The disputes in the eastern sector too had their origins in the 19th century. Tibetan agression on the Sikkim borders had led to the Anglo-Chinese Agreement of 1890, which the Chinese were expected to enforce on Tibet. A process was initiated to settle the location of border pillars and demarcate the Sikkim–Tibet frontier, but it didn't take off because the British found that the Tibetans were resorting to obstructionism, and the Chinese, by then a declining power, were uninterested.
But when two British subjects were arrested by the Tibetans and tortured to death, Curzon sent the famous expedition under Colonel Fancis Younghusband. The expedition ended in the 1904 Anglo-Tibetan treaty and with the occupation of Chumbi valley. The treaty also enjoined on Tibet to be virtually a protectorate of India. In the subsequent Calcutta talks, the British insisted that China had only 'suzerainty' over Tibet and not 'sovereignty'. The debate continues to this day.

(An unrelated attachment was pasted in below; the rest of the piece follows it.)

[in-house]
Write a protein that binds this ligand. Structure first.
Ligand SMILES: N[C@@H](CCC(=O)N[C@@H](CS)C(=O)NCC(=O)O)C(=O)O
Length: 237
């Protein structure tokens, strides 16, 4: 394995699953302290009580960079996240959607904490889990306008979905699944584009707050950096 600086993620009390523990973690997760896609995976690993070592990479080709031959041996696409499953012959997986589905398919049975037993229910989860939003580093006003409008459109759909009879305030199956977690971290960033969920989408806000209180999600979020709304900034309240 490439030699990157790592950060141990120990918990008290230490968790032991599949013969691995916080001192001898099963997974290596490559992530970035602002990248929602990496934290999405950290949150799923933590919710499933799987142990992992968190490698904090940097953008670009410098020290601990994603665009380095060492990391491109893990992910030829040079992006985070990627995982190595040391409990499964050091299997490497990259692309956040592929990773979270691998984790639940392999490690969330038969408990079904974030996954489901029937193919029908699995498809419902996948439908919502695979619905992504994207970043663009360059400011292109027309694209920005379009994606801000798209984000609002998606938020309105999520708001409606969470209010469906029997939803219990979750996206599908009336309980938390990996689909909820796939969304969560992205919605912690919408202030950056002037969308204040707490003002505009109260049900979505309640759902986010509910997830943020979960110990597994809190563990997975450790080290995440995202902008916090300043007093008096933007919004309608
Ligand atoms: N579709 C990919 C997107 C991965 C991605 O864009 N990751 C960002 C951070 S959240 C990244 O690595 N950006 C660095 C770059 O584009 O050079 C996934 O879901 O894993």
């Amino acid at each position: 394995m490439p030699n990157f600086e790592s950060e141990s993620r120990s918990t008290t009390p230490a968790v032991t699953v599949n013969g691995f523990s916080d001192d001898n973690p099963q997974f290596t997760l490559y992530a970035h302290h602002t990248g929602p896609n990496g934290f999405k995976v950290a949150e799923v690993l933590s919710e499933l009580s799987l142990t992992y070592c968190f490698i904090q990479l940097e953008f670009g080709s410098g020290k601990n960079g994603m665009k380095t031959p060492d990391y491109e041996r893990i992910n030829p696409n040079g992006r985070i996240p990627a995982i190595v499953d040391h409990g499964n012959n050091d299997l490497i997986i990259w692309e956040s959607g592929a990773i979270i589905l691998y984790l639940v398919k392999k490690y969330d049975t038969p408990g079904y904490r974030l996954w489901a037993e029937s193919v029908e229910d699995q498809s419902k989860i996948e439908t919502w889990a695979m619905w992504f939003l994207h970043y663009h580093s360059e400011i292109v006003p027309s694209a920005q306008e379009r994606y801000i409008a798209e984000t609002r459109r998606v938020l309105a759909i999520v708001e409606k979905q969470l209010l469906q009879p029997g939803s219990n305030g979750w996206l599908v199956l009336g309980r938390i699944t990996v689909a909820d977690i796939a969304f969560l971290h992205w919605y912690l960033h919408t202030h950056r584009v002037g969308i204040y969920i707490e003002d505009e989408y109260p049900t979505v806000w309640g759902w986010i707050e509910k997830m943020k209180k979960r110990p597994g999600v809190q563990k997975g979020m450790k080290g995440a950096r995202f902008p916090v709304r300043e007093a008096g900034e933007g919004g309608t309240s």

By now, the Great Game with Russia was peaking. The British suspected that, with China weakening, the Dalai Lama was colluding with Russia. As the Nationalist Republic replaced the Qing dynasty in China, the British organised a conference in Shimla to settle once and for all the issue of Tibet’s status under international law. India was represented by Henry McMahon who would later lend his name to the boundary line. The Chinese representative too signed the subsequent treaty, but China would later repudiate the same. This led to much bullying and drafting of another treaty. Finally, as China refused to sign it, the British concluded a bilateral treaty with Tibet.